Manufacturing in UK regains lost momentum

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November data from CIPS/NTC Economics indicated that the rate of expansion of UK manufacturing production recovered most of the momentum lost in the previous month.

The seasonally adjusted CIPS/NTC Purchasing Managers Index (PMI) an index designed to provide an overall snapshot of operating conditions in the manufacturing sector posted a reading of 54.4, up from Octobers ten-month low. At its current level, the PMI is consistent with a solid improvement in overall operating conditions.

The latest rise in output was underpinned by robust growth of new work received, as domestic market conditions remained solid and the trend in new export orders posted a noticeable improvement.

Inflationary pressures remained elevated in the UK manufacturing sector during November. Average factory gate prices continued to rise at a near-survey record pace, whilst the rate of purchase price inflation accelerated to a four-month high. Companies reported higher prices for oil, energy, chemicals, food products, freight and metals.

Output rose for the twenty-ninth successive month in November, with sector data signalling that production of capital, consumer and intermediate goods were all higher than in October. The sharpest expansion was recorded for consumer goods, although producers of intermediate and investment goods both saw marked accelerations in their respective rates of expansion. The seasonally adjusted New Export Orders Index posted a reading of 55.4, as respondents reported improved demand from clients operating in mainland Europe, the Far East and the Middle East.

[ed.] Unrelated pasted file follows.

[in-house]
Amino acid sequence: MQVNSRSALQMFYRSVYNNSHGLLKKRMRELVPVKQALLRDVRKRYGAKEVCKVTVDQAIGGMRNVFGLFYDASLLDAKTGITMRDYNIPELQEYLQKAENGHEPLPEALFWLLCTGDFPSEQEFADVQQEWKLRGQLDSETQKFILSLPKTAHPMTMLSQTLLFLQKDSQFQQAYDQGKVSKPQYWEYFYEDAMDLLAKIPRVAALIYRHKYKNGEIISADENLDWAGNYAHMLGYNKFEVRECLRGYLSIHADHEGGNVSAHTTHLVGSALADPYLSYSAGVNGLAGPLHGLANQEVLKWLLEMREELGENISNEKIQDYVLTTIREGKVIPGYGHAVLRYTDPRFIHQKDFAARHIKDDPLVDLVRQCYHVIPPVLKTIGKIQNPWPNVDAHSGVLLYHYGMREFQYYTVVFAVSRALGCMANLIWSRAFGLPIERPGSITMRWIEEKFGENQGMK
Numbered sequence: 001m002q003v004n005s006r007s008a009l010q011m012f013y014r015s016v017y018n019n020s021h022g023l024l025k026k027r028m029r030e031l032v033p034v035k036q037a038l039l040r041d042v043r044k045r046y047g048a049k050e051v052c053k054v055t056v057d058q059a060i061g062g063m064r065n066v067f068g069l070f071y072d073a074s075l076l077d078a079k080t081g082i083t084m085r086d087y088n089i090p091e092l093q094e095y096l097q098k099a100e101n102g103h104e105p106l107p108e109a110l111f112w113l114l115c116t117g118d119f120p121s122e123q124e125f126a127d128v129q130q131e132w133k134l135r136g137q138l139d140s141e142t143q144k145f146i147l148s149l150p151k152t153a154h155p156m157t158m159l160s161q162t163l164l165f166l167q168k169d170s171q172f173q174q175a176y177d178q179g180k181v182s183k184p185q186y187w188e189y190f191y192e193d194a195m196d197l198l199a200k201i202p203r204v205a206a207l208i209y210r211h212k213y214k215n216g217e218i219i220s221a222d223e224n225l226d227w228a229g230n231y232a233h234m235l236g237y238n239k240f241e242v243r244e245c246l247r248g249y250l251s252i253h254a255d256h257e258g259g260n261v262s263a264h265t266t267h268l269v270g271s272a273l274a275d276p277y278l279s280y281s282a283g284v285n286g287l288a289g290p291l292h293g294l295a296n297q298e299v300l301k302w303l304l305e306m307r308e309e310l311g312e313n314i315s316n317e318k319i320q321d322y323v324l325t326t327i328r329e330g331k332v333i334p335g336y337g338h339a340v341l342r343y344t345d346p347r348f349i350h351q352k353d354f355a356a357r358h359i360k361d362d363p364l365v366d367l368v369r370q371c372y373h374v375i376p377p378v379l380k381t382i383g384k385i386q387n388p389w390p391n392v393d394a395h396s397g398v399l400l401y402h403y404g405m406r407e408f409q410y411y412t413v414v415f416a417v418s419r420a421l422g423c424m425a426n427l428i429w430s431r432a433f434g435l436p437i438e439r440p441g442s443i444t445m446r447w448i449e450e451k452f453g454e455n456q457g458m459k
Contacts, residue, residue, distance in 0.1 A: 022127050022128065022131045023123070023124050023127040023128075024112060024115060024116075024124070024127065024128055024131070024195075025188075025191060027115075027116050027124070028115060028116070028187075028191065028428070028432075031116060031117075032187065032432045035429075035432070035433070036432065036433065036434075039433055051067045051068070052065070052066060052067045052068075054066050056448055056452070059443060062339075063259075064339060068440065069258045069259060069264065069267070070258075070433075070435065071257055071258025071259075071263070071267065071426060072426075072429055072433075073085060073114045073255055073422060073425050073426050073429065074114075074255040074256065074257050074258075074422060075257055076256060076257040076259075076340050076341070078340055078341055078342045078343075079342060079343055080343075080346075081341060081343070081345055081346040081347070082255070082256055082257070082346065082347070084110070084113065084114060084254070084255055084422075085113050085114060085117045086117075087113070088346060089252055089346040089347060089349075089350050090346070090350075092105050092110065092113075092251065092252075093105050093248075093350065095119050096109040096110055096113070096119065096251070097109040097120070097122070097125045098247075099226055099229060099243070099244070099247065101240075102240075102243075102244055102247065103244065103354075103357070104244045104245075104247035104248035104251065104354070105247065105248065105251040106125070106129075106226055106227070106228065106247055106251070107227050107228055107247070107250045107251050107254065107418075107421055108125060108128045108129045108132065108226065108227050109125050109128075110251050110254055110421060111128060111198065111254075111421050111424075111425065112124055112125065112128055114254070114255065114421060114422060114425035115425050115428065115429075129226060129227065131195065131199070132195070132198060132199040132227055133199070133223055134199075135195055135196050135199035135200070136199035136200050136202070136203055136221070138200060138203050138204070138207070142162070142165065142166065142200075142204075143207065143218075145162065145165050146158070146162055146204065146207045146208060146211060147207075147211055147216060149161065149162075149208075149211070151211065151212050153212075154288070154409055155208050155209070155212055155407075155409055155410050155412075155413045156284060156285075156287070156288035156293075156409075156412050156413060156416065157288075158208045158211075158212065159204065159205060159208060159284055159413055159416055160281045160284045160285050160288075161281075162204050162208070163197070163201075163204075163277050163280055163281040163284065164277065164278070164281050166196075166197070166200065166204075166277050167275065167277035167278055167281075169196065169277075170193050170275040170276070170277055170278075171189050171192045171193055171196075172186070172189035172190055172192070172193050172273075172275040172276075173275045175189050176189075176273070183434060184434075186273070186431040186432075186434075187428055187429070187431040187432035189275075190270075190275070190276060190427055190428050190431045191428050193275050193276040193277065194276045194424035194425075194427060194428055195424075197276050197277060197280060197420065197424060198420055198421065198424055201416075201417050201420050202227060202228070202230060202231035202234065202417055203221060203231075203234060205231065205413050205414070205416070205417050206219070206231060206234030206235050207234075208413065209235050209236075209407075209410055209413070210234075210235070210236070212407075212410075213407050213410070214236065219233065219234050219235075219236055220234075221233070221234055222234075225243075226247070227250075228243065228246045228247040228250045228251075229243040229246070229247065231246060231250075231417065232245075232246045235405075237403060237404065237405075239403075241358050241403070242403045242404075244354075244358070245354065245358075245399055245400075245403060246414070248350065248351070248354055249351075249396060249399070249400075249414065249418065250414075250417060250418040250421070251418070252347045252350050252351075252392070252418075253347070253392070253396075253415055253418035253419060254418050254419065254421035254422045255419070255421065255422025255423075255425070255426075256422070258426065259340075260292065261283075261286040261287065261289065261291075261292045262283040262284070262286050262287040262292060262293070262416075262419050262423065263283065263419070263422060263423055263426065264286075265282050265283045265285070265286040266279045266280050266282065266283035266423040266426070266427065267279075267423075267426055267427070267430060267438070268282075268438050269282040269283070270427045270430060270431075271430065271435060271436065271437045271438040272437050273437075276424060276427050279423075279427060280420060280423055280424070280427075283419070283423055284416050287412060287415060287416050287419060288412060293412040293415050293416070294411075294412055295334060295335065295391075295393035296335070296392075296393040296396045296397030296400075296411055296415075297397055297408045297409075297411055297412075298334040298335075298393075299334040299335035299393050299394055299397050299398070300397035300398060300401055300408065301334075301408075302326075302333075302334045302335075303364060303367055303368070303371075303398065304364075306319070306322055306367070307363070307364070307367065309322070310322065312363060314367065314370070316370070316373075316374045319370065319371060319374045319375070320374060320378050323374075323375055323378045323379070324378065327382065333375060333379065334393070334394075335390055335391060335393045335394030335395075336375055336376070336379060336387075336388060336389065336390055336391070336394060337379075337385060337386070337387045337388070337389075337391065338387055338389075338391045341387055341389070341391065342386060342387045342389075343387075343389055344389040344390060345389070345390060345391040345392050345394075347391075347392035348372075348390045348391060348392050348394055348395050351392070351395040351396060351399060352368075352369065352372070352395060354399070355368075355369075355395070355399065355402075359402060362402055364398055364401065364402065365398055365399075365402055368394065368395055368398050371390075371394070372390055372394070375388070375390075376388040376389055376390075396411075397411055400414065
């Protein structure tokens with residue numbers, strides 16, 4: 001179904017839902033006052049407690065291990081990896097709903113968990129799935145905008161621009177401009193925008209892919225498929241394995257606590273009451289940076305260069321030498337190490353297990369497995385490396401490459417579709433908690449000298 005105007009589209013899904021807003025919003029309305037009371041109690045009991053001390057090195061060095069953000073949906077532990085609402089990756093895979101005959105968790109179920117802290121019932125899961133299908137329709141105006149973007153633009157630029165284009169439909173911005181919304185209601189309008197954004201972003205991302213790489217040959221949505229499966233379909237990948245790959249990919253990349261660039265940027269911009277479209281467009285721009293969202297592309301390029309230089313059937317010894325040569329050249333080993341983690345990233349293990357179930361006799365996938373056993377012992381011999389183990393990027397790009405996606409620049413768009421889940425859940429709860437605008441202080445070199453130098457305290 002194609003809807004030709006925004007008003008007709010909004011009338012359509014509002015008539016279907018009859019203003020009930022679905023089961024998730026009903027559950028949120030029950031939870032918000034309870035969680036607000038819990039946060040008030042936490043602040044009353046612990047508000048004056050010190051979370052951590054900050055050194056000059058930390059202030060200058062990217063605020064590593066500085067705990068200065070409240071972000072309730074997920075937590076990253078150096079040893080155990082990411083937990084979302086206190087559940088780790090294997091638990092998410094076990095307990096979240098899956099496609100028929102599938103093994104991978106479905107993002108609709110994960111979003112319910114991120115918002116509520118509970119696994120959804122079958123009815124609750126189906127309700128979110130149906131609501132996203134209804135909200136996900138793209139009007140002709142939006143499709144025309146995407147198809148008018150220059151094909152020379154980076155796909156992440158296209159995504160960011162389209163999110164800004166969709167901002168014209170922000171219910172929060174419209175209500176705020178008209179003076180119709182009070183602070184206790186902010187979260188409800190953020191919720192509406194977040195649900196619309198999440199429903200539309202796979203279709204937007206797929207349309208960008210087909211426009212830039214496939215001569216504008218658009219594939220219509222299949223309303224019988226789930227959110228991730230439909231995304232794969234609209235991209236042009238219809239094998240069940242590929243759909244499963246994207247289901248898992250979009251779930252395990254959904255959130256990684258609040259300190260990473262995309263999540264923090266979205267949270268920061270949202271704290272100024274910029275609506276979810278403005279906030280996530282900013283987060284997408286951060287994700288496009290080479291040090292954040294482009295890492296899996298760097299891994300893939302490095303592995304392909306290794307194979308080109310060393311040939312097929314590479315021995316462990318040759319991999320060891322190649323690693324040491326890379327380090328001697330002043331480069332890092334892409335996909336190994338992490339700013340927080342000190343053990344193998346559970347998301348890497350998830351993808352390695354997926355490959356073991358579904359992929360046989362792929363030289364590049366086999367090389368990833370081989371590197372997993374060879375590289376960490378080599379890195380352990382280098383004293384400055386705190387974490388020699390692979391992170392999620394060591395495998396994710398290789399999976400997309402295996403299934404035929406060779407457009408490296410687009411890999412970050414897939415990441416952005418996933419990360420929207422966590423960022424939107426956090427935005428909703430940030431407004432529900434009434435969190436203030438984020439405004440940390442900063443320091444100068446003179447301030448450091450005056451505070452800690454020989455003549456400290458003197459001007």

Jobs were created in the UK manufacturing sector in November, continuing the trend observed so far throughout 2007. However, the rate of increase in employment was the second-lowest during this year, as a number of firms reported that improved efficiency, redundancy programmes and cost-restructuring initiatives had led to job cuts.

In line with rising production requirements, UK manufacturers stepped up their levels of purchasing activity in November. There were also reports that input buying had been raised to reduce the pressure of existing stocks. Subsequently, inventories of raw materials showed little change from October levels.

Robust demand for inputs placed additional pressure on suppliers capacity in November, leading to a further marked decline in average vendor performance. Shortages of certain raw materials were also blamed for the increase in lead-times, as reflected by the seasonally adjusted Suppliers Delivery Times Index, which fell to 46.1.

Backlogs of work declined at the fastest pace since July 2005, in part, as a result of firms settling contracts from existing stocks during November. The seasonally adjusted Backlogs of Work Index declined to 45.8 in November as companies reported that there remained sufficient spare capacity to deal with dual demands of work on new and previously agreed contracts. The seasonally adjusted Stocks of Finished Goods Index registered 47.9, down from 50.5 in October.

Roy Ayliffe, Director of Professional Practice at CIPS, said:

Following last months loss of momentum in the manufacturing sector, this latest data suggests that the tide has turned. Purchasing managers reported growth in new orders, particularly from the export markets, despite inflationary pressures remaining elevated.

As a result of the rising pressures on UK manufacturers and higher prices for raw materials, purchasing managers raised average gate prices at a near survey-record rate. In line with the rising production requirements, respondents stepped up the level of purchasing activity in a bid to reduce the pressure on existing stocks, which led to a decline in the backlogs of work at the fastest pace in over two years.